Two new decrees are to cut through business registration regulations to put foreign investors’ minds at rest.
The decree drafts, designed to replace Decree 139/2007/ND-CP guiding the implementation of the Law on Enterprises and Decree 108/2006/ND-CP guiding the implementation of the Investment Law, have common regulations on the establishment of enterprises with less than 49 per cent foreign ownership.
According to the final decree draft replacing Decree 139/2007/ND-CP, foreign investors establishing enterprises in Vietnam for the first time will have to propose investment projects for each case.
Both decree drafts regulate that foreign investors, who have already set up enterprises in Vietnam, will have to register for the establishment of enterprises with less than 49 per cent in foreign capital like with domestic investors.
For the establishments with more than 49 per cent foreign ownership, foreign investors in Vietnam will have to register to gain an investment certificate needed for business registration.
“The above regulations of the two drafts sufficiently solve the current problems relating to capital ownership of foreign investors in Vietnamese enterprises,” said a note of YKVN Lawyers sent to Vietnam Investment Review last week.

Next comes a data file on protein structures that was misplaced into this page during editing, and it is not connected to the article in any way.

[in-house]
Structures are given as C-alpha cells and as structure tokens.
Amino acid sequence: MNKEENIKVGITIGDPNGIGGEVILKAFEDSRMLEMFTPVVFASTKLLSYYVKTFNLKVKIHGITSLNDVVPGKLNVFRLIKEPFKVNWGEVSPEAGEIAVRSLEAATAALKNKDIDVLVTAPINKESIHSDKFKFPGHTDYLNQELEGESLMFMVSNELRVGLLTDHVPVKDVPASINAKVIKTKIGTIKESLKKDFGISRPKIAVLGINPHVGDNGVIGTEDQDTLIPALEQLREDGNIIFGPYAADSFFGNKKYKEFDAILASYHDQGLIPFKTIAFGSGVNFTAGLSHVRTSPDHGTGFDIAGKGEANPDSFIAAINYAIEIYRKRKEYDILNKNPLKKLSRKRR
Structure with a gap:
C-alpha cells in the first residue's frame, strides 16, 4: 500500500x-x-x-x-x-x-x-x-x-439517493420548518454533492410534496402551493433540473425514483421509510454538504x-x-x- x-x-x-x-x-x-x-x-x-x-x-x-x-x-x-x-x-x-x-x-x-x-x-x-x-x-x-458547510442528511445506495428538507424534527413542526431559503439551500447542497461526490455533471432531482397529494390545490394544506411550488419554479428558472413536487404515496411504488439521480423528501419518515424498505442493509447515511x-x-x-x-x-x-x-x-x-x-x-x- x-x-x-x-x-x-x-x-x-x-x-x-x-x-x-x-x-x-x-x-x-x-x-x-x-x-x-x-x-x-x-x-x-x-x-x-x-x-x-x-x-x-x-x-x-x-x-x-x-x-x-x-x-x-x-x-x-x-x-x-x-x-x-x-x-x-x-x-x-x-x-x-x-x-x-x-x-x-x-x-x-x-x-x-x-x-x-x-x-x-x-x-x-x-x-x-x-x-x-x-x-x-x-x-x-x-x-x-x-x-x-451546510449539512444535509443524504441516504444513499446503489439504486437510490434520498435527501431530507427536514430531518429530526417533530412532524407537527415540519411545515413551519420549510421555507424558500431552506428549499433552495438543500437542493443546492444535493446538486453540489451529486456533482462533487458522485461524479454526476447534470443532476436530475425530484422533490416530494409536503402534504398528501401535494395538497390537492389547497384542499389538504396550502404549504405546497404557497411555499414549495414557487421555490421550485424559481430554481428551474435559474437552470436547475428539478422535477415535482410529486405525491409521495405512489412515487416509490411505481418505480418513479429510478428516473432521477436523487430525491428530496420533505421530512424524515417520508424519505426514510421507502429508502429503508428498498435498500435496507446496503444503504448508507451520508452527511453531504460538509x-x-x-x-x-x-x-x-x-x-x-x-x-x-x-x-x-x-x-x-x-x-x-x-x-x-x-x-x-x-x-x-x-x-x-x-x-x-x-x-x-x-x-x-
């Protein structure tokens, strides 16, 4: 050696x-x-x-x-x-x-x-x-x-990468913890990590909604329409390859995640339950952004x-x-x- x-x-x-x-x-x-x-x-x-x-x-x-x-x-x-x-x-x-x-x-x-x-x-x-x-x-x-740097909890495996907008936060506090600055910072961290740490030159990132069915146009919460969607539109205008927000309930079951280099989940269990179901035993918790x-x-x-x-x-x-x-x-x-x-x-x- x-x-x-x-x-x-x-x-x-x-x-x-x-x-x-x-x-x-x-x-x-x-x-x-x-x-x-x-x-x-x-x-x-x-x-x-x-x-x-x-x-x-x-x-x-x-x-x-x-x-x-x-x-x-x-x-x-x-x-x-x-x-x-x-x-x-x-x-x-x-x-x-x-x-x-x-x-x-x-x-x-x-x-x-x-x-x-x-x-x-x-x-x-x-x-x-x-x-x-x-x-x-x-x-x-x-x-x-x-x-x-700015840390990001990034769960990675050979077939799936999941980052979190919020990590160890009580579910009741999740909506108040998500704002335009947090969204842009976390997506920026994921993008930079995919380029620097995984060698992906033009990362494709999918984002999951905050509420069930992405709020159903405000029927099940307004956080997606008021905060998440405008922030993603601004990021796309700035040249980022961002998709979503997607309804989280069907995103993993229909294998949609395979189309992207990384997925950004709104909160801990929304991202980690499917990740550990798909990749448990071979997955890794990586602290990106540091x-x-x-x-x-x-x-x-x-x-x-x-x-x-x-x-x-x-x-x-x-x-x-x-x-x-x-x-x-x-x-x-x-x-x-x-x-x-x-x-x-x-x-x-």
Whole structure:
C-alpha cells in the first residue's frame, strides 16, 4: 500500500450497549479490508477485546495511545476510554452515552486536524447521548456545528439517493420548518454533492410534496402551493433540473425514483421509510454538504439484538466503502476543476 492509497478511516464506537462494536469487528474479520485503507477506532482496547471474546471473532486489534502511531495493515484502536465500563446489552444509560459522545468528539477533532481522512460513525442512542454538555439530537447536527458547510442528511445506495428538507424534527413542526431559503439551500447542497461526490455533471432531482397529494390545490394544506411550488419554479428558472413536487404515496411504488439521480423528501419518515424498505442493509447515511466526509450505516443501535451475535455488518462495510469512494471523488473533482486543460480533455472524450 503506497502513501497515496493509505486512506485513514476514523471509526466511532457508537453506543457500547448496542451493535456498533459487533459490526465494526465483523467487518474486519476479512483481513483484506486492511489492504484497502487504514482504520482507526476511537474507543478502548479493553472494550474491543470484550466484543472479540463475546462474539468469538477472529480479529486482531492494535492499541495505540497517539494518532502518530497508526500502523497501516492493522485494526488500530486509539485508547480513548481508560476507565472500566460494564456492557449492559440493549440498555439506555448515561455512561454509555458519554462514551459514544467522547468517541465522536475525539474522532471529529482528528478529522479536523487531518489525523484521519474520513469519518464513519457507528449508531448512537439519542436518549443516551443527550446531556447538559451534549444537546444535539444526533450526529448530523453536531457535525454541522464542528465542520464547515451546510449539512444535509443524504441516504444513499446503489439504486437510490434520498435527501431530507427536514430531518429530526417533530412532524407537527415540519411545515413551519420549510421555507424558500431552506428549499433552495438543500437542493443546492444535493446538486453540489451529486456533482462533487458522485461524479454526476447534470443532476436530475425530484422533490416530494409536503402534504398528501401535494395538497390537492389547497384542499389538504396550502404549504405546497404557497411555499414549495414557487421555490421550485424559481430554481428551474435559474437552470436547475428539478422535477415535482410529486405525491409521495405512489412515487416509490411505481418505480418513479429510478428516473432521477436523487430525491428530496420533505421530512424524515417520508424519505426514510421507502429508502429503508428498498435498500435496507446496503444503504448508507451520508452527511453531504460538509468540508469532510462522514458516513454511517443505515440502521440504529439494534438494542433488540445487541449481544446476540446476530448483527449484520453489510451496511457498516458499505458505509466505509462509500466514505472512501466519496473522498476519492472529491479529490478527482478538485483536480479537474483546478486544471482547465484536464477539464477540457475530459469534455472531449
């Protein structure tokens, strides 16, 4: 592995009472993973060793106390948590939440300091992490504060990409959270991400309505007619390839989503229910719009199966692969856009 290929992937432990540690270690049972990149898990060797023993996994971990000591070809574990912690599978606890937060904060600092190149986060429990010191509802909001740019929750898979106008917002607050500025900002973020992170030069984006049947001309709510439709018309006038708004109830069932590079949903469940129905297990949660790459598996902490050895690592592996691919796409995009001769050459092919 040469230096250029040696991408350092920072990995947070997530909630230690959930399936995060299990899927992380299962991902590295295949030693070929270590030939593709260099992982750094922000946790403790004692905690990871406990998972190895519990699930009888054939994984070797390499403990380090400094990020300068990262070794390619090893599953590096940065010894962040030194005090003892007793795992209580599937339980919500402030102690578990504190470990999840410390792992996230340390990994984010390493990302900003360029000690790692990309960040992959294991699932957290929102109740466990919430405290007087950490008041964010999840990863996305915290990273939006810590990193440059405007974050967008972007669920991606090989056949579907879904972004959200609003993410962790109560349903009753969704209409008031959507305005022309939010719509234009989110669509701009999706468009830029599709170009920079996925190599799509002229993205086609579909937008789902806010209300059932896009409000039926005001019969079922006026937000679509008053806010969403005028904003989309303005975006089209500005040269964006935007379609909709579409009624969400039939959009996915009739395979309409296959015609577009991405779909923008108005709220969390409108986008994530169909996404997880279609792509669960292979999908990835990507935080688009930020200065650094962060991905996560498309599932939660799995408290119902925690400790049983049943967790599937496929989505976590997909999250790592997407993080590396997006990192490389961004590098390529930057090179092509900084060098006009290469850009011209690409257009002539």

Those regulations will remove the log jam in business registrations for foreign investors who wish to establish enterprises with less than 49 per cent foreign ownership.
Under Decree 108’s regulations, foreign investors must propose an investment project if they want to establish an enterprise in Vietnam, even though they hold less than 49 per cent in contributed capital.
Meanwhile, Decree 139 regulates that foreign investors do not have to propose an investment project if they hold less than 49 per cent of the capital.
The overlapping regulations have embarrassed business regulation authorities and in some cases have denied handling applications for establishing enterprises with less than 49 per cent in foreign capital.
The ambiguous regulations have also prevented many foreign investors for expanding business operations in the country.
In Hanoi, for example, the business registration authority is holding about 800 applications for establishing enterprises with less than 49 per cent in foreign capital. This action forced investors and law firms to sue the Hanoi Department of Planning and Investment for denying business registration applications.
“It is very good news as the two new decrees can remove this obstacle. That means we can handle all the applications without violating legal documents,” said Nguyen Van Tu, deputy director of Hanoi Department of Planning and Investment. However, the two drafts just remove overlapping regulations, but not create favourable conditions for investors.
“The overlapping has been removed, but the new regulations still make it difficult for investors to apply,” said Le Net, a partner at LNT & Partners.